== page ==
Abstract Detail


Zeller , Zachary Conrad [1], Natalie, Triester [2], Krieg, Christopher [1], McCulloh, Kate [2], Sessa, Emily [3].

Environmental drivers of intra-specific trait variation and adaptation in the fern Polystichum imbricans.

Species’ functional traits provide important insights into ecological and evolutionary processes, yet the impact of intra-specific trait variation on species distributions has received relatively little attention. Intra-specific trait data remain scarce for many plant groups, hindering inference about the major environmental drivers of plant traits. We address this gap and examine trait variation and co-variation in a fern species, Polystichum imbricans, that is distributed throughout most of the western U.S. Specifically, we examine traits related to water use and regulation such as leaf vein density, stomatal size and density, and mean hydraulic conductance of xylem at several locations across the distribution of this species (i.e., from several populations across Washington, Oregon, and California). We tested for major climate drivers of trait variation using environmental variables such as potential evapotranspiration, aridity, soil moisture, and mean annual temperature. Trait-environment analyses reveal that trait integration varies across environments and that optimum phenotypes shift along gradients of soil and atmospheric water availability. On-going analyses will further elucidate the environmental drivers and adaptive significance of trait variation in ferns.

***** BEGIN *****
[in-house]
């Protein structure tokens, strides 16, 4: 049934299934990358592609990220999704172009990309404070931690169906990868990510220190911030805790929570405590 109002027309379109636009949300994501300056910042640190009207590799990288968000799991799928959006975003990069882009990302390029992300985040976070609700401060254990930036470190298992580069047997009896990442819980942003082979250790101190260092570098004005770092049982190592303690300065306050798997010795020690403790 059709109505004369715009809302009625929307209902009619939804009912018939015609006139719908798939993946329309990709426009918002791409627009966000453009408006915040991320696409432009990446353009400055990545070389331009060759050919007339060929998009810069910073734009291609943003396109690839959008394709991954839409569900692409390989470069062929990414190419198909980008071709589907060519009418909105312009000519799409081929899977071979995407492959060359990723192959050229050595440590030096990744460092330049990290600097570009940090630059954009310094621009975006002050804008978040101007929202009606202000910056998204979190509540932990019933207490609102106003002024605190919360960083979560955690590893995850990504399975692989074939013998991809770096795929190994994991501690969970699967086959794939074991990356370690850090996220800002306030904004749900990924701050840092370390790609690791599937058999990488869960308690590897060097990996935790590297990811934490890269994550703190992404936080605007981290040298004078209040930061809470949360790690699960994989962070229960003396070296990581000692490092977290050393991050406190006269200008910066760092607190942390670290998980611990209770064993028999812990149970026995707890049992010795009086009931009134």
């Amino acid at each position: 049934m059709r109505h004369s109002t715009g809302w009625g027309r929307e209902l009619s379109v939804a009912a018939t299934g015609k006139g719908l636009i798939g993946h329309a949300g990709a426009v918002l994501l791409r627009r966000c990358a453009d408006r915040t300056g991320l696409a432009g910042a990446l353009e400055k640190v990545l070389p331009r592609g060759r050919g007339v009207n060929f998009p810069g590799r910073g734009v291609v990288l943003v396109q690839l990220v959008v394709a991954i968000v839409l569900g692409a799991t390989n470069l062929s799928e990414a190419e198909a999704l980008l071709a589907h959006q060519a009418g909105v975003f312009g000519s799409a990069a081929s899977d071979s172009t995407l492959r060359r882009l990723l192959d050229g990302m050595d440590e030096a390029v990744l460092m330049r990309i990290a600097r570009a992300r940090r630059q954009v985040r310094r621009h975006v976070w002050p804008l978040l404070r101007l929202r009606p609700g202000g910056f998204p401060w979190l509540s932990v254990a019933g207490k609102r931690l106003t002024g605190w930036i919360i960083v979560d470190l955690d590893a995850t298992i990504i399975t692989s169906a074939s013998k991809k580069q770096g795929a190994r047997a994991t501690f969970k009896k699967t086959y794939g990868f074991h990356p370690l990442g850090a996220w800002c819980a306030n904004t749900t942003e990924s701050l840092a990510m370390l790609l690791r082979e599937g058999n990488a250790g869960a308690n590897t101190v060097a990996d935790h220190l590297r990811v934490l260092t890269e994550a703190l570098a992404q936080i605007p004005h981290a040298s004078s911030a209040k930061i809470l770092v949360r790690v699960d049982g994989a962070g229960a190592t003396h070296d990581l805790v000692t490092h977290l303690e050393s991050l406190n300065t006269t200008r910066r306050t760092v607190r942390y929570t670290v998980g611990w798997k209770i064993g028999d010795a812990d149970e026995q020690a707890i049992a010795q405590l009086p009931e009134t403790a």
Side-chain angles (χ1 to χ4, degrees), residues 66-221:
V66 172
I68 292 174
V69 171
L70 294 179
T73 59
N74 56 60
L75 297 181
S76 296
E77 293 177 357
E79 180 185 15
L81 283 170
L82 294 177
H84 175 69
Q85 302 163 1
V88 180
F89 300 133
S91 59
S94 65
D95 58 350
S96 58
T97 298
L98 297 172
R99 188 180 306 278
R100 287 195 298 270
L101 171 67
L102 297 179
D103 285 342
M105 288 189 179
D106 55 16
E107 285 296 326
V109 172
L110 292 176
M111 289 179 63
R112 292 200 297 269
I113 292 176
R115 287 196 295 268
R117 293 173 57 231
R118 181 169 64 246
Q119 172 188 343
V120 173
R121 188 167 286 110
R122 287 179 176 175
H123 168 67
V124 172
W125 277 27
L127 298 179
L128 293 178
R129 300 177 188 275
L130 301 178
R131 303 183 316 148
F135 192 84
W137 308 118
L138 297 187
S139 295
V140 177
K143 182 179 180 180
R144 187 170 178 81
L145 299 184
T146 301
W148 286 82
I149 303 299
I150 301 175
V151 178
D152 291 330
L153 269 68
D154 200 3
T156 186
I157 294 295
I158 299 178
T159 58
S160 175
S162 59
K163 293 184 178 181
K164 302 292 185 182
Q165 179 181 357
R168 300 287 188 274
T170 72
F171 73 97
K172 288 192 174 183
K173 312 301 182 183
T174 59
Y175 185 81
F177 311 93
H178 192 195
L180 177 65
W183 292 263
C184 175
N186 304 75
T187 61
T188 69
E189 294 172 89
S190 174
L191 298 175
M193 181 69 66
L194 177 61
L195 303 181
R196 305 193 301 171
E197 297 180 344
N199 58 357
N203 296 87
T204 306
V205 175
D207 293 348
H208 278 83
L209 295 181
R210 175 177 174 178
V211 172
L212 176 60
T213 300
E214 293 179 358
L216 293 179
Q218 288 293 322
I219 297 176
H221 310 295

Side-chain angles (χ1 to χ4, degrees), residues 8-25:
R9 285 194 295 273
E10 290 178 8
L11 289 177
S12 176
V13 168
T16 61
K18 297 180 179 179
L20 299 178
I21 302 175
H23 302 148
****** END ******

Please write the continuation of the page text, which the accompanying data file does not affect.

1 - University of Florida, Department of Biology, Gainesville, FL, 32611, USA
2 - University of Wisconsin, Department of Botany, Madison, WI, 53706, USA
3 - University Of Florida, Gainesville, FL, 32611, United States

functional traits.

Presentation Type: Poster
Number: PPT005
Abstract ID:643
Candidate for Awards:None

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